© 2018 by Young-Gyu Yoon

Imaging Brain Activity

Recording brain activity is one of the key technologies to understand how a brain circuit works. By genetically engineering the neurons, they can be modified to emit fluorescent light where the light intensity changes as a function of the neuronal activity. This combined with high-speed 3-D fluorescent microscopy allows us to optically record the brain activity in 3-D.


Nature Methods (2014), Nature Chemical Biology (2018), SfN (2014, 2015) 

Optical instrumentation, In vivo experiments, Computational analysis 

Imaging Brain Structure

Imaging brain structure with a high resolution is the first step to understand how a brain circuit is connected. By physically expanding a brain tissue, it can be imaged with a much higher effective resolution (which we call Expansion Microscopy). This allows us to image the nanostructures of a brain like the synapses and the dendrites.


Nature Methods (2017), SfN (2016) 

Optical tissue imaging, Image analysis, Deconvolution 

Machine learning &

Analyzing Brain Structure

Expansion Microscopy (ExM) allows us to optically image a brain tissue with ~20nm resolution which is fine enough to see the synapses. This combined with computational image analysis via artificial intelligence will potentially allow us to reconstruct the map of a brain.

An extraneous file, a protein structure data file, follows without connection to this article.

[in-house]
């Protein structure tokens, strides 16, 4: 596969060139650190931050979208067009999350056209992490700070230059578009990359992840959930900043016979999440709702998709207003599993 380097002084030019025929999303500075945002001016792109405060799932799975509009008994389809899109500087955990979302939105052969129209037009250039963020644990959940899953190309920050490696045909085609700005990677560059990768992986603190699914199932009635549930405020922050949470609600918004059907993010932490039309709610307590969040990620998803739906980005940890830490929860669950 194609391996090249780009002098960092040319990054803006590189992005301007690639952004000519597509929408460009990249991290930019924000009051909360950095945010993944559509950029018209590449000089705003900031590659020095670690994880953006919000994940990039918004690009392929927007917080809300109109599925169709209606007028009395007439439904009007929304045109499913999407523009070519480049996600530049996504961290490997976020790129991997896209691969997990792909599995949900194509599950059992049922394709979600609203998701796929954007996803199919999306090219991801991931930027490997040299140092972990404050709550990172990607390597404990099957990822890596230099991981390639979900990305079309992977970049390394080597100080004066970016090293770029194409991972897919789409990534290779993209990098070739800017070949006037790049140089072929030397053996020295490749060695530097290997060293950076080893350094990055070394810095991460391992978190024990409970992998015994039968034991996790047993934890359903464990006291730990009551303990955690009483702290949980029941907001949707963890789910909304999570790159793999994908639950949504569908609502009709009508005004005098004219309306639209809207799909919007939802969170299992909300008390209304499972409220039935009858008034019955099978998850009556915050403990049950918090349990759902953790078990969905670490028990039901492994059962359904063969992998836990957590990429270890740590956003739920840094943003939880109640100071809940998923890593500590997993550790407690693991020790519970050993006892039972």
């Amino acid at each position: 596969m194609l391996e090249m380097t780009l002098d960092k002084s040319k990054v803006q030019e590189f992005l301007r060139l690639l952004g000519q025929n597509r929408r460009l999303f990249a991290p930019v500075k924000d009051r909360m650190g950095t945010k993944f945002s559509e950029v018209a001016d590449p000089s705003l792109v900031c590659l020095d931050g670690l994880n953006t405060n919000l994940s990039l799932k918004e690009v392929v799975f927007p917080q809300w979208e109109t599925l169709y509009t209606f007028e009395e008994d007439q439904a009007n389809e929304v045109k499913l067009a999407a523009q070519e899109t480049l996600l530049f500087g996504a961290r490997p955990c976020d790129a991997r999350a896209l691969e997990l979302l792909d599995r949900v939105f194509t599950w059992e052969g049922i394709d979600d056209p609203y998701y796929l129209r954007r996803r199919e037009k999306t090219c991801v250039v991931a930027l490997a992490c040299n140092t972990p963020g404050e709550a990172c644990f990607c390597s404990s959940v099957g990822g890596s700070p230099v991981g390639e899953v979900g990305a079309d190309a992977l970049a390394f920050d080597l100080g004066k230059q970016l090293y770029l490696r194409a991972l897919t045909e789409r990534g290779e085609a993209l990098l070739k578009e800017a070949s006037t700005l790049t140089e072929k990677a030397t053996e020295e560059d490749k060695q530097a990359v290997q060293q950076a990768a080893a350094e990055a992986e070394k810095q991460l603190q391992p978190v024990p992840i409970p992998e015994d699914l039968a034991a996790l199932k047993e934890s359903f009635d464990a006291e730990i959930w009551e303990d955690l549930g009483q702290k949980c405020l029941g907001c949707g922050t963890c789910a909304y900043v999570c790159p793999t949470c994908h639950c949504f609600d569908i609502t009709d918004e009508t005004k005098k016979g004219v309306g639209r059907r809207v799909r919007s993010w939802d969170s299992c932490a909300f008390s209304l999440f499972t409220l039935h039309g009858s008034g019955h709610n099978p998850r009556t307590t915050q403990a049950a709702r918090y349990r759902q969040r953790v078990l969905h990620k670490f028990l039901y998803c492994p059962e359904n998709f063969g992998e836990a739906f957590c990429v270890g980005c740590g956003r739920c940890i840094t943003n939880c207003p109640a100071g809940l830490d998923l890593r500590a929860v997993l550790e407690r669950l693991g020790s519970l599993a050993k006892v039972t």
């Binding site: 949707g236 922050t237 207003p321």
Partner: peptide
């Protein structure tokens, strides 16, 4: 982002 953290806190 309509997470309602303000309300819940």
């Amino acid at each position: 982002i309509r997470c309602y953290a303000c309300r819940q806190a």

Front. Comp. Neurosci. (2017), SfN (2016) 

Neural network, Image segmentation, Simulation study 

Monitoring Depth of Anesthesia

Electroencephalogram (EEG) is an electrical signal from an ensemble of neurons. By analyzing the signal, it is possible to monitor the depth of anesthesia of a subject to make sure that just the right amount of anesthetics is being applied during a surgical operation.


IEEE EMBC (2011, 2013) 

Bio-signal processing, In vivo experiment, Biomedical engineering 


Pulse wave velocity (PWV) is the speed at which the arterial pulse propagates through the vessels. By designing a sensor that can simultaneously measure the ECG and the bio-impedance of a subject, the PWV can be monitored in real time.


IEEE BioCAS (2009) 

Biomedical engineering 

Direct RF Sampling ADC

By embedding a discrete-time signal processing theory into analog circuit design, it is possible to implement a tunable direct RF sampling ADC without using large passive components. Such direct RF sampling ADCs can pave the ways to fully digital and tunable RF radios.



IEEE Symp. VLSI (2009), IEEE T-CAS (2008) 

CMOS circuit design, ADC, RF 

Time-based ADC

With CMOS scaling, designing an analog circuit is becoming increasingly difficult due to the reduced supply voltage, large leakage current, low output impedance and so forth. Time-based ADC is a novel way of implementing an analog-to-digital converter that circumvents such issues.


IEEE T-CAS (2010), IEEE T-VLSI (2012), IEEE IMWS (2011), IEEE ISOCC (2009) 

CMOS circuit design, ADC 

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